This module provides two voltage controlled amplifiers, two bypass-able voltage controlled filters, a CV inverter, a simple mixer and a pair of meters all configured with normalized connections to provide maximum functionality and convenience in a fairly compact space.

When either LPF button is engaged then a voltage controlled low pass filter is inserted in the signal path. The cutoff frequency of the filter is proportional to the signal controlling the VCA gain.

This effectively turns the VCAs into West Coast style Low Pass Gates where loud signals are bright and quieter signals are duller. When fed with an envelope with a fast attack this produces something similar to a string pluck. When a slow attack is used the result is more like a brass sound.

The design isn’t an emulation of classic Buchla LPG circuitry, instead the characteristics where arrived at by experimenting with various parameters until things sounded nice with a wide range of input types.

Depending on how you connect the Dual VCA module and the setting of the LPF (low pass filter) and INV (invert) toggle buttons it can serve as any of the following…

  • Two independent VCAs / LPGs
  • A stereo VCA / LPG
  • A voltage controlled cross-fader
  • A voltage controlled panner
  • A voltage controlled two-channel mixer

The four sockets at the top are inputs, the three at the bottom are outputs.

Hopefully, it is fairly obvious from the schematic legend how things work.

If only one of the input sockets at the very top are connected then the horizontal line between them indicates that the other VCA will receive a copy of the signal.

The two sockets in the middle of the upper half of the module are the CV inputs. The top one will control the gain/cutoff of both VCAs/VCFs if the lower CV input socket is not connected to anything.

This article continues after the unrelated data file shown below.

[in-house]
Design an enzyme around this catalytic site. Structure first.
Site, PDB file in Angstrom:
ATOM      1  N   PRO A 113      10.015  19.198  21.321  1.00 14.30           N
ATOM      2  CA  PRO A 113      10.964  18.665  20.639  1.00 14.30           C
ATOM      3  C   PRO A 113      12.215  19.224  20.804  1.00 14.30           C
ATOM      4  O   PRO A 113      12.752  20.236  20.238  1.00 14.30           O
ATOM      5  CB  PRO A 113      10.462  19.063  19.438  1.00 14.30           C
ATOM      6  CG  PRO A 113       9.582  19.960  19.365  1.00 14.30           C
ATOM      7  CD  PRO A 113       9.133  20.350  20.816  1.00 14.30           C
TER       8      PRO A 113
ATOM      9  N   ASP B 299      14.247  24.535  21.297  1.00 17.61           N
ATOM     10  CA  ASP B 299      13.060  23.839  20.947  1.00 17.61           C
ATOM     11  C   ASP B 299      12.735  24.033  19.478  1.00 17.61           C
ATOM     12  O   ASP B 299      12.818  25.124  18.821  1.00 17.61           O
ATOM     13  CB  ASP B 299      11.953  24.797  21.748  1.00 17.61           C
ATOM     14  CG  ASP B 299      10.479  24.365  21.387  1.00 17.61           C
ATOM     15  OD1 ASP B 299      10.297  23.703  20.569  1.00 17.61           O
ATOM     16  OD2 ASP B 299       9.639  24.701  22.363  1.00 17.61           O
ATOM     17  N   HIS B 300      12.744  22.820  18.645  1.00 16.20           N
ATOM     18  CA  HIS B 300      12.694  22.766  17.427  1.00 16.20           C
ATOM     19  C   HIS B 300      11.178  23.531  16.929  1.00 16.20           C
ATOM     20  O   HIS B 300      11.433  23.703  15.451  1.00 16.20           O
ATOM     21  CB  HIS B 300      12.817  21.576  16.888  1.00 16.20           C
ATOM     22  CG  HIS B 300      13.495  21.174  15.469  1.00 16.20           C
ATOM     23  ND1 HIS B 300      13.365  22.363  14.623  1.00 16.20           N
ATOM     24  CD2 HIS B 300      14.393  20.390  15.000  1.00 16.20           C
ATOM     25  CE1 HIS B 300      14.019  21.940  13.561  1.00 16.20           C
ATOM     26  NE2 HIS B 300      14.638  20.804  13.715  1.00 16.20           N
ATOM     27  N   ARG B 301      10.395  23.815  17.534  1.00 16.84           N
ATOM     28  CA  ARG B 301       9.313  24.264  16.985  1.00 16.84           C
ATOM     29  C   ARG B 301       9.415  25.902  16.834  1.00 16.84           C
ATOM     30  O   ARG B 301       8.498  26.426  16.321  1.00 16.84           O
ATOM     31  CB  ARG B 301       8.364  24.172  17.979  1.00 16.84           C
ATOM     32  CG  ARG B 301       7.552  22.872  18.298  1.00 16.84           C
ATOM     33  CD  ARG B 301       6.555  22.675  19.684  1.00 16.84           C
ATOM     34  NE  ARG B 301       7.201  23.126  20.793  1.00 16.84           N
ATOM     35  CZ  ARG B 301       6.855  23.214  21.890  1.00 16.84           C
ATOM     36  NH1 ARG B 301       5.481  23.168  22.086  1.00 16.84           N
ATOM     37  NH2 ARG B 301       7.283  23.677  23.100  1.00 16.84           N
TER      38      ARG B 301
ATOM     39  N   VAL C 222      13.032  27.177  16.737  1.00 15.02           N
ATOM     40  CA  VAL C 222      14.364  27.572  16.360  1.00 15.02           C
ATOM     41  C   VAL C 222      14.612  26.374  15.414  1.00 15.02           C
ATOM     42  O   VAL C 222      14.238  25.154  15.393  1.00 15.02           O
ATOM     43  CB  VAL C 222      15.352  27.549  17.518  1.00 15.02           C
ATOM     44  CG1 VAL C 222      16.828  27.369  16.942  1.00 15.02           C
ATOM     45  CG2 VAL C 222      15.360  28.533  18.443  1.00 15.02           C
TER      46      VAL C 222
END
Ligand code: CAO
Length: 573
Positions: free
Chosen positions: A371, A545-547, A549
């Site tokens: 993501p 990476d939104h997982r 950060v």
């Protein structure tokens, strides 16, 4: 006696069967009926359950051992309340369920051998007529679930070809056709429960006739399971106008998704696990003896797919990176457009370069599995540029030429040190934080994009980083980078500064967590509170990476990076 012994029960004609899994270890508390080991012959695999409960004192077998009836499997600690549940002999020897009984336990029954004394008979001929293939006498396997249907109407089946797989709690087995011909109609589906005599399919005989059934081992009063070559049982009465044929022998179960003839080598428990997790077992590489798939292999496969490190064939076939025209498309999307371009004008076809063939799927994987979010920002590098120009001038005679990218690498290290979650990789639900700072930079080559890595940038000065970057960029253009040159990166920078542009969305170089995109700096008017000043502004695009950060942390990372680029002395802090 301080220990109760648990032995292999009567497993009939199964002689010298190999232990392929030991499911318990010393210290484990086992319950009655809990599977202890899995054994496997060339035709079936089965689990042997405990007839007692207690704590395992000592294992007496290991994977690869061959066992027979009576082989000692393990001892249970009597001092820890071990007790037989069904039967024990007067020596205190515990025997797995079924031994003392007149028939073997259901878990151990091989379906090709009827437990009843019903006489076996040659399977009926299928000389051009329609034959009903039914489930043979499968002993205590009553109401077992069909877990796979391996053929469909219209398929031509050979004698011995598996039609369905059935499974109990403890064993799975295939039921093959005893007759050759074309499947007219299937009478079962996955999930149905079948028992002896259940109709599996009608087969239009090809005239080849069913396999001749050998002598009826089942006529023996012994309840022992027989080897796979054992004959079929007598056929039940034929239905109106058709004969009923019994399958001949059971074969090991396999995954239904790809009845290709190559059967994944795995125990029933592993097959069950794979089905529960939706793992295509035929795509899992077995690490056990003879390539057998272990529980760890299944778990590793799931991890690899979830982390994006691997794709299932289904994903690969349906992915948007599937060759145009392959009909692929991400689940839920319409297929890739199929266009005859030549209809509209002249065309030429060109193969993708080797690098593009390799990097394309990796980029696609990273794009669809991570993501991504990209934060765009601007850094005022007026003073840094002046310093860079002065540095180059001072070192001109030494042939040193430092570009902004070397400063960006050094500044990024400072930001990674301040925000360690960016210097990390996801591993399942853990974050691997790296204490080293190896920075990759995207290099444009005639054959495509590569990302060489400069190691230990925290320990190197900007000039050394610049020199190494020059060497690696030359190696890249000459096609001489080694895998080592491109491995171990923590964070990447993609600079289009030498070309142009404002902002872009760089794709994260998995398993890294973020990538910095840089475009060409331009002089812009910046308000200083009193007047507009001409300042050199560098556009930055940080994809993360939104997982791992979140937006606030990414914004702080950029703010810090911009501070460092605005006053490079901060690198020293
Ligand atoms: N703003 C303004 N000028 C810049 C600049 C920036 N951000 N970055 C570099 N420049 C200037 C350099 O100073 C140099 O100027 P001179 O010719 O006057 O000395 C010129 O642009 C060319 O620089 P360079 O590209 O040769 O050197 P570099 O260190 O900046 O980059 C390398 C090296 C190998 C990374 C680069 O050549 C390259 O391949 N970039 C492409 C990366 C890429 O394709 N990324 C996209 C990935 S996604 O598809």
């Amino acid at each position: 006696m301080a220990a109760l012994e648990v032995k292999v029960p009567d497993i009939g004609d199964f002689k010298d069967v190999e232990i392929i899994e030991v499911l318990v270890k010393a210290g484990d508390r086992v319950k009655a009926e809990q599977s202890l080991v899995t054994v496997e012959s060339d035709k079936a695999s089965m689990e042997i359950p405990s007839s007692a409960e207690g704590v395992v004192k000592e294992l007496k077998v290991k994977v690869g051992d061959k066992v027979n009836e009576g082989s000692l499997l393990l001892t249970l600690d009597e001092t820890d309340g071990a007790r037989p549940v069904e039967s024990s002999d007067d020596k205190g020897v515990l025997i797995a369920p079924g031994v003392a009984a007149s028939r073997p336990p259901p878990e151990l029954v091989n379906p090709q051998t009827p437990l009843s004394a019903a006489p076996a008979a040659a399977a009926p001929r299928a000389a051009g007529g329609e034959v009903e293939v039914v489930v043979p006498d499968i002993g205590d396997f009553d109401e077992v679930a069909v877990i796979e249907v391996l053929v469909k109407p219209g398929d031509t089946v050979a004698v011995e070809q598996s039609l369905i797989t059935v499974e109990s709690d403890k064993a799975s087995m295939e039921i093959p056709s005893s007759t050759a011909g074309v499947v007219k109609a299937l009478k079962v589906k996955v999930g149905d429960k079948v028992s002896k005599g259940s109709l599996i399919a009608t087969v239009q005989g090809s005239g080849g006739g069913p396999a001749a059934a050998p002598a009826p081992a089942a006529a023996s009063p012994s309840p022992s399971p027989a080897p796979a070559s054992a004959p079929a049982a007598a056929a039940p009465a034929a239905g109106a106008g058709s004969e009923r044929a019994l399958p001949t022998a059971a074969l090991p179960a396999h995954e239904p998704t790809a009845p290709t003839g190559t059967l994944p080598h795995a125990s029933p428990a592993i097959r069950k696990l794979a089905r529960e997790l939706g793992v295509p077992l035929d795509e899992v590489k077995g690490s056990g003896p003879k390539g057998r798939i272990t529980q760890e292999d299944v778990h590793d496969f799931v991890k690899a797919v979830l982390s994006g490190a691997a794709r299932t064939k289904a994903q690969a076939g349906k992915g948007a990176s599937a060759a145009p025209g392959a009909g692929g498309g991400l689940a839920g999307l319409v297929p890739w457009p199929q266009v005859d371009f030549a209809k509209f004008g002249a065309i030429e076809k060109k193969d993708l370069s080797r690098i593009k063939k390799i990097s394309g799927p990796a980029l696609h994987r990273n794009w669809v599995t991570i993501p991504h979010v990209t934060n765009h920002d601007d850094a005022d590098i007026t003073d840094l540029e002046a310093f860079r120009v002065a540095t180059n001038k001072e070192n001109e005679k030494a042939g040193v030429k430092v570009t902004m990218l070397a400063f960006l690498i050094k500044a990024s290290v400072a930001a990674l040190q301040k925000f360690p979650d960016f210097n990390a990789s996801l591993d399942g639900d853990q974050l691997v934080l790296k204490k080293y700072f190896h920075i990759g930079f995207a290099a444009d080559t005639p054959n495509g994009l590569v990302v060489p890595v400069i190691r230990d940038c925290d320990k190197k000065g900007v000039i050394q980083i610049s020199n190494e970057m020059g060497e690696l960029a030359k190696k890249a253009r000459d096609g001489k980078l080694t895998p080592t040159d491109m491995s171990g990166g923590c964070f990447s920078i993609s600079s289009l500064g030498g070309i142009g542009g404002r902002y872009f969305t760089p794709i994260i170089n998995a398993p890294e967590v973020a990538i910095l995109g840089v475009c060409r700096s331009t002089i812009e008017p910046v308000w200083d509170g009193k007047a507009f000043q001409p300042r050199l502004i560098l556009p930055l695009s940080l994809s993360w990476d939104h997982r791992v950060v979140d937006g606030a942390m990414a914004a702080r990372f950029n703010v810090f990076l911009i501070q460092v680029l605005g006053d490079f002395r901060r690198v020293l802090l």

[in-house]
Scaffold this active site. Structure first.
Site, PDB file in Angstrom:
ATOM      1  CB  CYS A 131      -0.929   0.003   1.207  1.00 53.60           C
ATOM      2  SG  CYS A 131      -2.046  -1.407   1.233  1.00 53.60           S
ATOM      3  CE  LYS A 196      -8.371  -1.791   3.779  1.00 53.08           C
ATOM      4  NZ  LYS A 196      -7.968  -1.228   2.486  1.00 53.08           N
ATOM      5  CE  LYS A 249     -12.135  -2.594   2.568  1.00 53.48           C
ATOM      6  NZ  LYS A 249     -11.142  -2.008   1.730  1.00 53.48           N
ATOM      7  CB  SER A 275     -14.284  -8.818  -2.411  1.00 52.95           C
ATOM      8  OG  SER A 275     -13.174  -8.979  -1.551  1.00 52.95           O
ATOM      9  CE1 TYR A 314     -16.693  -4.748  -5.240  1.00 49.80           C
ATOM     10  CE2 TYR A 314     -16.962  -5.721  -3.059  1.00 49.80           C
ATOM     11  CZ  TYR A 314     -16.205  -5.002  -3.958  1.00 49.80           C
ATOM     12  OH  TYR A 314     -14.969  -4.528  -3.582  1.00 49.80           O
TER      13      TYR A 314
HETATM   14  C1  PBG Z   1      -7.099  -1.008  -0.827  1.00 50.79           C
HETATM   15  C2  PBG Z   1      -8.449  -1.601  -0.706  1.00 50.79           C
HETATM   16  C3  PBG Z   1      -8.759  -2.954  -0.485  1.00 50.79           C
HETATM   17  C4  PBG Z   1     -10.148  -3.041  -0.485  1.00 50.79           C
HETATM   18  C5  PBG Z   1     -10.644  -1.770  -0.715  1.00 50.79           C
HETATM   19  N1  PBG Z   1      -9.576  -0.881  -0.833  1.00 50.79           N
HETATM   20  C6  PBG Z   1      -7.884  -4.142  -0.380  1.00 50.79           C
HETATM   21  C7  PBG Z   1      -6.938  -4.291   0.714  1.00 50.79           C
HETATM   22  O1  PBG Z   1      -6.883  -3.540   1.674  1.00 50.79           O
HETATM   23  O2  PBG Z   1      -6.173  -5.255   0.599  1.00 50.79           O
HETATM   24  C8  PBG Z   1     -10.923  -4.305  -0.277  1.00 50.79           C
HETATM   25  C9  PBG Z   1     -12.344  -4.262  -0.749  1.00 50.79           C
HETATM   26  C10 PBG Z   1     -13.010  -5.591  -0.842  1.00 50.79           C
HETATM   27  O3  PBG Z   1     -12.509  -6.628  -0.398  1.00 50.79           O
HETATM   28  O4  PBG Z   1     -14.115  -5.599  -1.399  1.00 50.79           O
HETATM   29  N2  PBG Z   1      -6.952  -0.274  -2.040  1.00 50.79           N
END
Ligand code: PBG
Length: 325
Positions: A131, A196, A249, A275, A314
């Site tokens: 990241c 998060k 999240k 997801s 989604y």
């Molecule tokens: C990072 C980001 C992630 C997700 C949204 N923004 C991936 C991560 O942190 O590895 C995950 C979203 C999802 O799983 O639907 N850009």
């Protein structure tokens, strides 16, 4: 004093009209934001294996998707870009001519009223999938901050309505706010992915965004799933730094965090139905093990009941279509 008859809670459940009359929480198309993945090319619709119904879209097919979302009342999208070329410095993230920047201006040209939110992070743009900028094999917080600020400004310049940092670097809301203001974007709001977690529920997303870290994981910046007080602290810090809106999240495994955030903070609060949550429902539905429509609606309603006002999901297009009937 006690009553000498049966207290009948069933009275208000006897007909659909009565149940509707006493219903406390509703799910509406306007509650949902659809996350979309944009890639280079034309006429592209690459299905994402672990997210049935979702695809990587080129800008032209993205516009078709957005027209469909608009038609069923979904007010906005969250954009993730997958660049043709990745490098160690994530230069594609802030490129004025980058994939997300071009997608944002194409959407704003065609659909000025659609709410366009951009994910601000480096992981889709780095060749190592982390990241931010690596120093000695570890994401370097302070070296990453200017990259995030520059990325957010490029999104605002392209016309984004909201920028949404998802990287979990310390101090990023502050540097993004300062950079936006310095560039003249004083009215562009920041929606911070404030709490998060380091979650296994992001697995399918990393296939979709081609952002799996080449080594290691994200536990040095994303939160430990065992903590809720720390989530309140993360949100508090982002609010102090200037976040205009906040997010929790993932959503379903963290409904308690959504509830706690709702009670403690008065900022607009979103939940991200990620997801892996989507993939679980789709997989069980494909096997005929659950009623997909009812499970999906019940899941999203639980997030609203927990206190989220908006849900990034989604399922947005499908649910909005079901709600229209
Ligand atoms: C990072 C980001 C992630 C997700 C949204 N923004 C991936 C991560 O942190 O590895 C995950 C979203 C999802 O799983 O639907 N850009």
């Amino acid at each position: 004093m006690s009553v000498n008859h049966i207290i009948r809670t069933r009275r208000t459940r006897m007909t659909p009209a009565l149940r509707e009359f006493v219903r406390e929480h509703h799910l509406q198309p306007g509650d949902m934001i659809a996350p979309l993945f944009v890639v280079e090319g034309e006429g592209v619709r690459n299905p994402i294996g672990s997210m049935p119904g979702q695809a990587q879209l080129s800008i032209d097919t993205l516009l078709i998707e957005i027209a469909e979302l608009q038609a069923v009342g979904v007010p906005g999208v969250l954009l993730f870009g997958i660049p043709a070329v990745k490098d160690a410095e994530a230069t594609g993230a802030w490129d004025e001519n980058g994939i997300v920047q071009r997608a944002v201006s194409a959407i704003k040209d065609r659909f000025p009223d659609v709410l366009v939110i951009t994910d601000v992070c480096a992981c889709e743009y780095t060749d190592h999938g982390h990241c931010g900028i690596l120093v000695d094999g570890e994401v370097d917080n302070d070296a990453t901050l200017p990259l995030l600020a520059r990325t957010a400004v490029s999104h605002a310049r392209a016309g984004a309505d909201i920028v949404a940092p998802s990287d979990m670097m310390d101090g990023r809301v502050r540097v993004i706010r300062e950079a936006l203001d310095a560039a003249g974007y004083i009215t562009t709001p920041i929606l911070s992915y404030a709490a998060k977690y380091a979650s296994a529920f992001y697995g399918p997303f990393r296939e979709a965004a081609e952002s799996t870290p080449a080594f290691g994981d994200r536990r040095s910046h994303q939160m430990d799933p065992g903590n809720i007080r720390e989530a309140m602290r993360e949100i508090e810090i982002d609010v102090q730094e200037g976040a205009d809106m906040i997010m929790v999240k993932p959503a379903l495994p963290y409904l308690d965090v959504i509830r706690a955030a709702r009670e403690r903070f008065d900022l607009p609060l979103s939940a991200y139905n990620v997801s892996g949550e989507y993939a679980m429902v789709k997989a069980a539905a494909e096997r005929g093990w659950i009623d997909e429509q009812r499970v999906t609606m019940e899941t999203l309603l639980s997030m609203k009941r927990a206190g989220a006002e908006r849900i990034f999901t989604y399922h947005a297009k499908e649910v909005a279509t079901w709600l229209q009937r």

If the INV button is engaged then the CV for the right-hand VCA/VCF is inverted. In other words a CV of 5 volts will result in zero gain / minimum cutoff and a CV of 0 volts will result in maximum gain / maximum cutoff.

The SLEW knob enables sudden changes in the control voltage affecting the VCA gain and VCF cutoff to be slowed down slightly. This feature can be used to eliminate nasty popping and clicking noises caused by abruptly switching an audio source on or off but can also be used as a creative tool to provide subtle control over transients.

These effects can vary from being so subtle as to be unnoticeable to being really obvious depending on the exact nature of the CV and audio signals involved.

At the SLEW knob’s minimum setting no slew is applied. At maximum setting a very soft 20 milliseconds/volt slew is applied. 12 o’clock produces a useful 5 ms/V . The default setting is 1 ms/V which gives attacks a reasonable snap while still supressing most artifacts.

In the CV Watcher image below the red trace shows a rapidly changing CV input, the yellow trace shows its impact on an audio signal when slew is set at minimum, while the green trace show the impact with maximum slew.

Effects of slew

Notice the sudden jump from zero at the beginning of the yellow trace pulse. It’s such discontinuities that cause the clicking and popping artifacts to occur.

The Q knob only works when one or more of the LPF buttons are engaged. It controls the resonance of the VCFs. At minimum setting the filters act like low pass shelfs but at higher Q settings emphasis is added around the cutoff frequency. This narrow emphasis can make most inputs sound a lot quieter so a makeup gain is applied to counter this, however at maximum Q this might result in some signals becoming excessively amplified so watch out for this if distortion is a concern.

Two independent VCAs
A stereo VCA
A voltage controlled cross-fader
A voltage controlled panner
A two-channel voltage controlled mixer

Another useful configuration is to use the VCAs/LPGs in series with one controlled by an envelope generator and the other controlled by a velocity signal.

Series connection

Then the LPF buttons can be used to independently determine whether filtering is applied inside the envelope of each note, in proportion to velocity, both or neither.

Another application for connecting the VCAs in series is to change the amplitude response curve, effectively squaring the law, typically to produce a more aggressive decay as shown in the image below…

Series connection to change response curve

Patching in series with the LPF buttons engaged will also produce a more aggressive filter cutoff response.


The Dual VCA module is part of LSSP XL and the Adroit Toolkit. It is also available as an individual module.